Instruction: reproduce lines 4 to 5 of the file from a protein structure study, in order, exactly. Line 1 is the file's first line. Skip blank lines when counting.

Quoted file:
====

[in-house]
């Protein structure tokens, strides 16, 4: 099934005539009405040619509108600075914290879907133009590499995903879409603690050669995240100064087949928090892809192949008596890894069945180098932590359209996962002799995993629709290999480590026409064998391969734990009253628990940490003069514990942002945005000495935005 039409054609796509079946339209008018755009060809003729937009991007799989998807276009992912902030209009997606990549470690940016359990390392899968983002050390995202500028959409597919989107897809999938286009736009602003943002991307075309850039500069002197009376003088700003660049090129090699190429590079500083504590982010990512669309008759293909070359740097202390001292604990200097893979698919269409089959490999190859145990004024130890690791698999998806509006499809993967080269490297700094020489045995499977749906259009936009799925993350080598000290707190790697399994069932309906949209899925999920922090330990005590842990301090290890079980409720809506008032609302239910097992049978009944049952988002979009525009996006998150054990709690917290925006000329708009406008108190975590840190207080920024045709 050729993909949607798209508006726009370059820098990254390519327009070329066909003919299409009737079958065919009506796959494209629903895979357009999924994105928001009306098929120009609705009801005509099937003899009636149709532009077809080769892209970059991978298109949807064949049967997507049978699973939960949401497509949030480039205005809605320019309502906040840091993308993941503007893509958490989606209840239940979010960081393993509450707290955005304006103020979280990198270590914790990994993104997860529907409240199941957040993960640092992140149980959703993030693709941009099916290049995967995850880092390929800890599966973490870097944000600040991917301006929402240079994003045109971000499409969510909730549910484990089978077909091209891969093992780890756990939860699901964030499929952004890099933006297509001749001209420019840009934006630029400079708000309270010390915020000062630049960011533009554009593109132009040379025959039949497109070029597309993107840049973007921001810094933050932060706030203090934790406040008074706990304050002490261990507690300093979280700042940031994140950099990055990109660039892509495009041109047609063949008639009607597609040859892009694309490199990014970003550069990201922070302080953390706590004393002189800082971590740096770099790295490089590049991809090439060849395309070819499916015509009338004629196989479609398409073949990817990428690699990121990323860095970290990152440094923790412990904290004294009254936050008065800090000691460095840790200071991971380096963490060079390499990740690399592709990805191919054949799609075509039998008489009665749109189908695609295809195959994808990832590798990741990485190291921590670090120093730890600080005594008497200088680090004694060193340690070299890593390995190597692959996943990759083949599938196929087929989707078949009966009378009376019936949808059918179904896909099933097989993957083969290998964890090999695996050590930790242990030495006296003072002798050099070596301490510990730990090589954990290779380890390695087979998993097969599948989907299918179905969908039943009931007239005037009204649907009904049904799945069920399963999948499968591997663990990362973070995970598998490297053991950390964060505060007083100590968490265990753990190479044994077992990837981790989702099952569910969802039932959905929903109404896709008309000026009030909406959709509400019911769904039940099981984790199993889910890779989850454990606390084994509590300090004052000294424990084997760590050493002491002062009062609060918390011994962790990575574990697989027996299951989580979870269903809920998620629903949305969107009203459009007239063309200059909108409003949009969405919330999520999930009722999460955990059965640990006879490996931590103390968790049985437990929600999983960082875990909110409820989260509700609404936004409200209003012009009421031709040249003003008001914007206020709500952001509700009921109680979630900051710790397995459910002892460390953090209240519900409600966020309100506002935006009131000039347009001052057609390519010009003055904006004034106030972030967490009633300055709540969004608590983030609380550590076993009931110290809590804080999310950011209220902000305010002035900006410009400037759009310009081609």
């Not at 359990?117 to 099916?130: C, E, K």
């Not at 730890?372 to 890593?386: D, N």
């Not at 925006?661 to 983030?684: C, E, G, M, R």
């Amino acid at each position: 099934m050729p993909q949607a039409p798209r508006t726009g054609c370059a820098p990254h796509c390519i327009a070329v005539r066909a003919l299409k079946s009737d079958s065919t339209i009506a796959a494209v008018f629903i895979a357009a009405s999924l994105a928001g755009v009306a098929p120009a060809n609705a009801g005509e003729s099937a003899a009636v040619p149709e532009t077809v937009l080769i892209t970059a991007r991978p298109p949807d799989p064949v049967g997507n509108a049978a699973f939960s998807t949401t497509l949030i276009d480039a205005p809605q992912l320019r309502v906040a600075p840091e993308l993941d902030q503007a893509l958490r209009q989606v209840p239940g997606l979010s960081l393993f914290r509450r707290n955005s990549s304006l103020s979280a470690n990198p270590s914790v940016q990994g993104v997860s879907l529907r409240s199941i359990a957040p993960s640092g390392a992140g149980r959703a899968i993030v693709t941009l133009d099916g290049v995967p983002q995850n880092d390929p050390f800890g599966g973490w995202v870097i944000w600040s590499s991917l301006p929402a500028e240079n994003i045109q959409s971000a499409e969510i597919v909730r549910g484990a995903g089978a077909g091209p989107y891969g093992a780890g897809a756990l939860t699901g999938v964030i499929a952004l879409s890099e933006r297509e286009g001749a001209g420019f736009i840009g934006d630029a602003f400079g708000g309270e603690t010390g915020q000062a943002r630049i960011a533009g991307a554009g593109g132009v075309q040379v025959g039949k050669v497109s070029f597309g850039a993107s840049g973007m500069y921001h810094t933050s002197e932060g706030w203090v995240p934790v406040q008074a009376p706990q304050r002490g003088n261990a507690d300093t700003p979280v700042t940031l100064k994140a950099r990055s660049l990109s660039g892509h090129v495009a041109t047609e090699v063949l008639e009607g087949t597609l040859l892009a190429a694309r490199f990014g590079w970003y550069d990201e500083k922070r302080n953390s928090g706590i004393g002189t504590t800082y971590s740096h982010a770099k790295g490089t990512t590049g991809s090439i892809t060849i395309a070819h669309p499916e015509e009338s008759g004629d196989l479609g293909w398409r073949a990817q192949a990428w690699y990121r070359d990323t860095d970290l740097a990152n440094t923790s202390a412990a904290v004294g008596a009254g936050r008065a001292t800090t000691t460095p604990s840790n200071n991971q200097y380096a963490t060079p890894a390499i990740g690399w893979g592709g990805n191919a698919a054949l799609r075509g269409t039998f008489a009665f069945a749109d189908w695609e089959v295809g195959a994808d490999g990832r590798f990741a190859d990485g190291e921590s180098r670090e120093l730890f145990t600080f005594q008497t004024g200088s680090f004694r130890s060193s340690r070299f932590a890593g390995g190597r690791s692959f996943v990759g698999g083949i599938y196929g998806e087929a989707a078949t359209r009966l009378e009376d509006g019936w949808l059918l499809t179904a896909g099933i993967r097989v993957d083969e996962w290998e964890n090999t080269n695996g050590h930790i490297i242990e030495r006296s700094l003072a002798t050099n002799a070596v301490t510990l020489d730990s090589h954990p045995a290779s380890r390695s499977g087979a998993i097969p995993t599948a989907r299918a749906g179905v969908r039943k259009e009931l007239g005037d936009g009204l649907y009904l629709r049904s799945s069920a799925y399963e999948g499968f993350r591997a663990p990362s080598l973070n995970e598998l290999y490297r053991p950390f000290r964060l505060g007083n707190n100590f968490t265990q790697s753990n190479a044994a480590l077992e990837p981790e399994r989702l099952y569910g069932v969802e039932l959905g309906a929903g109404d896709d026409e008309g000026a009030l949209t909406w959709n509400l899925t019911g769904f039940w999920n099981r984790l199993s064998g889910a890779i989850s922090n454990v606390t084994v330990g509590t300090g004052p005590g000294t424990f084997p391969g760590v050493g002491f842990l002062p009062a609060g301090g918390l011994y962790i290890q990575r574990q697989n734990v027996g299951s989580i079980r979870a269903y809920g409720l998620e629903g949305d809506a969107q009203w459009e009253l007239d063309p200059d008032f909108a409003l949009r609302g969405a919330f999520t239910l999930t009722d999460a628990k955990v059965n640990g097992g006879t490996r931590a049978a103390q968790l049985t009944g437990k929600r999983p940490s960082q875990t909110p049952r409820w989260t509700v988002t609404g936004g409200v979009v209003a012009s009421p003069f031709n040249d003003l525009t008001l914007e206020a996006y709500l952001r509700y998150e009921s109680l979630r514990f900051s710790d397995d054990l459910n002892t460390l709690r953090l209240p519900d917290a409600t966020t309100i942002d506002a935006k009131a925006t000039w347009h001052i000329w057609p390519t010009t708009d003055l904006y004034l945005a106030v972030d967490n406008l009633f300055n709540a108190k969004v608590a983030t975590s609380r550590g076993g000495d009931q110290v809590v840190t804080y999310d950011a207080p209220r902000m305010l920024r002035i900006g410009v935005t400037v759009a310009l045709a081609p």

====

């Not at 730890?372 to 890593?386: D, N």
């Not at 925006?661 to 983030?684: C, E, G, M, R």